Animals and Race — Edited collection, by Jonathan W. Thurston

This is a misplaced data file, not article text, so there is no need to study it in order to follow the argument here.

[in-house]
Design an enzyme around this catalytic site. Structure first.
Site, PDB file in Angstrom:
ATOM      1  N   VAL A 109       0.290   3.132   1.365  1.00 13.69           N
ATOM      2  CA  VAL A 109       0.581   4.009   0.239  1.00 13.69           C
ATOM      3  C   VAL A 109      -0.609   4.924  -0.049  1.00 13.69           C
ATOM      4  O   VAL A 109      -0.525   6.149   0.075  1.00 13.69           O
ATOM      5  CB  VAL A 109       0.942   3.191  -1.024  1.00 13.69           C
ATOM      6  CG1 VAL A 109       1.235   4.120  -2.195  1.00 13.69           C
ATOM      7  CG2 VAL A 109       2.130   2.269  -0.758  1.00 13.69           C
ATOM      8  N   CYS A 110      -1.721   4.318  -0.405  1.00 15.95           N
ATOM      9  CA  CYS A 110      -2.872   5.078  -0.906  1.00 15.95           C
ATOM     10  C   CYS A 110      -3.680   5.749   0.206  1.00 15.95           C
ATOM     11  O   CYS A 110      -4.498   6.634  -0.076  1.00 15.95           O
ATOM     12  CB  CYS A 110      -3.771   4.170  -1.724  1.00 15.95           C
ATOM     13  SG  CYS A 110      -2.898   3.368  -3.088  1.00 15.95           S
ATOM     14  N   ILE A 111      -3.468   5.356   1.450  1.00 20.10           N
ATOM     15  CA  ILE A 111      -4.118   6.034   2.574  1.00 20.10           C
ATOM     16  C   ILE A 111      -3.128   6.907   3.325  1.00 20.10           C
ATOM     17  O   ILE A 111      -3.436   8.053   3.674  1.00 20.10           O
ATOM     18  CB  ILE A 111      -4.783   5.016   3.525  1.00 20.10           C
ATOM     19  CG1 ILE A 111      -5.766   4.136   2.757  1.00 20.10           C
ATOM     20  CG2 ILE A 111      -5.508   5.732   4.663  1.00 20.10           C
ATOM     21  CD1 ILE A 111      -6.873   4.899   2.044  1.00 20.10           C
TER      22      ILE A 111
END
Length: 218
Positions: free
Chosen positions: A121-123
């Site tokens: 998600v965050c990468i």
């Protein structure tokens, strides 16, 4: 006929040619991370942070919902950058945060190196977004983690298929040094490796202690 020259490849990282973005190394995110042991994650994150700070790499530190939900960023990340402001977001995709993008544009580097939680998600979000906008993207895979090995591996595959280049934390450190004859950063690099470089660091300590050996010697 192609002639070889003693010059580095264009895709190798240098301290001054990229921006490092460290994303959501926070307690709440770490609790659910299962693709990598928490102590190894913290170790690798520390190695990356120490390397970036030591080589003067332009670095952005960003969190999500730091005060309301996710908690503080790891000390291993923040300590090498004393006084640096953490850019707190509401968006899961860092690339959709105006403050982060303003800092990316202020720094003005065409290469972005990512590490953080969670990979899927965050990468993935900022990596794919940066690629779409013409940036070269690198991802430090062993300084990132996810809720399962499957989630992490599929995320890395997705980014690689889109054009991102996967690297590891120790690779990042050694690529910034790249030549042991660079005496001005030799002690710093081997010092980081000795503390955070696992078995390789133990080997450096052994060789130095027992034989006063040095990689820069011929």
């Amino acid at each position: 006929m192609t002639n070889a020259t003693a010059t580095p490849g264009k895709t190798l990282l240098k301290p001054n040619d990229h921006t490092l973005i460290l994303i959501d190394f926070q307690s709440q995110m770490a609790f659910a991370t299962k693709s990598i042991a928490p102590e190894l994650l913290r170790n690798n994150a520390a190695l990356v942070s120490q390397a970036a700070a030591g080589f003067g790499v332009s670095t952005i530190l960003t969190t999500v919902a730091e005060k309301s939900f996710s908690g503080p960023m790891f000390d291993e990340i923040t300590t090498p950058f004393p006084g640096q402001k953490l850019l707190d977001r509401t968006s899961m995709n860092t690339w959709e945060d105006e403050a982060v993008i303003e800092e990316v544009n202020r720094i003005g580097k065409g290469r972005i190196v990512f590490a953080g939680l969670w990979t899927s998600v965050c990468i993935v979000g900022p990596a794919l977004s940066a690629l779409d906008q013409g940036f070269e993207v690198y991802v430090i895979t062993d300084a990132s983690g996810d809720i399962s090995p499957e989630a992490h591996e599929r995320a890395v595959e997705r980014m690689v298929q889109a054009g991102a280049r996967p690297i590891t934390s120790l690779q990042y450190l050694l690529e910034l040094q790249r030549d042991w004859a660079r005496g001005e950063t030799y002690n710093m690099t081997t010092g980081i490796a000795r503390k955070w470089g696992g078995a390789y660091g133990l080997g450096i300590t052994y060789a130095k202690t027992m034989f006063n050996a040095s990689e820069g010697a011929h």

When Iago informs Brabantio that “a black ram is tupping your white ewe” (I.i.87-88) in Shakespeare’s Othello, he is doing more than identifying the two protagonists’ races. He is referring to the early modern agricultural fact that black wool was undesirable, as per Leonard Mascall, and that black rams would threaten the livelihood of shepherds by decreasing the profitability of a flock of sheep. In this way, the black ram becomes a metaphor not just for interracial taboo but for generational corruption and loss of social capital due to racist structures of power. The study of nonhuman animals and the study of human race are often quite distinct for scholars across disciplines. However, perhaps there is more overlap than one would think. In what ways has race formation been tied to animals? Why do animals often become implicated in racial slurs? What does it mean for there to be a black panther representing a black political group or even standing in as the token black superhero? What does it mean to have a mostly black cast of voice actors in the original The Lion King, except its star role? This collection will look closely at the ways that critical animal studies and critical race studies intersect, tracking the blurring of concepts like race and breed. It will ask how race has always been tied into questions of the animal–human divide. How has knowledge of animals informed our knowledge of race, and vice versa? How have codes of animal behavior affected our racial discourse and our race thinking? And how have these two seemingly disparate approaches danced with each other in academia? These are only a few of the questions this book will attempt to tackle. I invite chapters that approach animals and race from a wide array of cultures, periods, and disciplines. Topics that are not anglocentric and are before the twentieth century are welcome. Send abstracts of around 250 words and a brief academic biography to Jonathan W. Thurston (firstname.lastname@example.org) by July 1. The chapters themselves (5,000-8,000 words) will be due in January 2020. Book proposal will be sent first to Routledge’s Human-Animal series.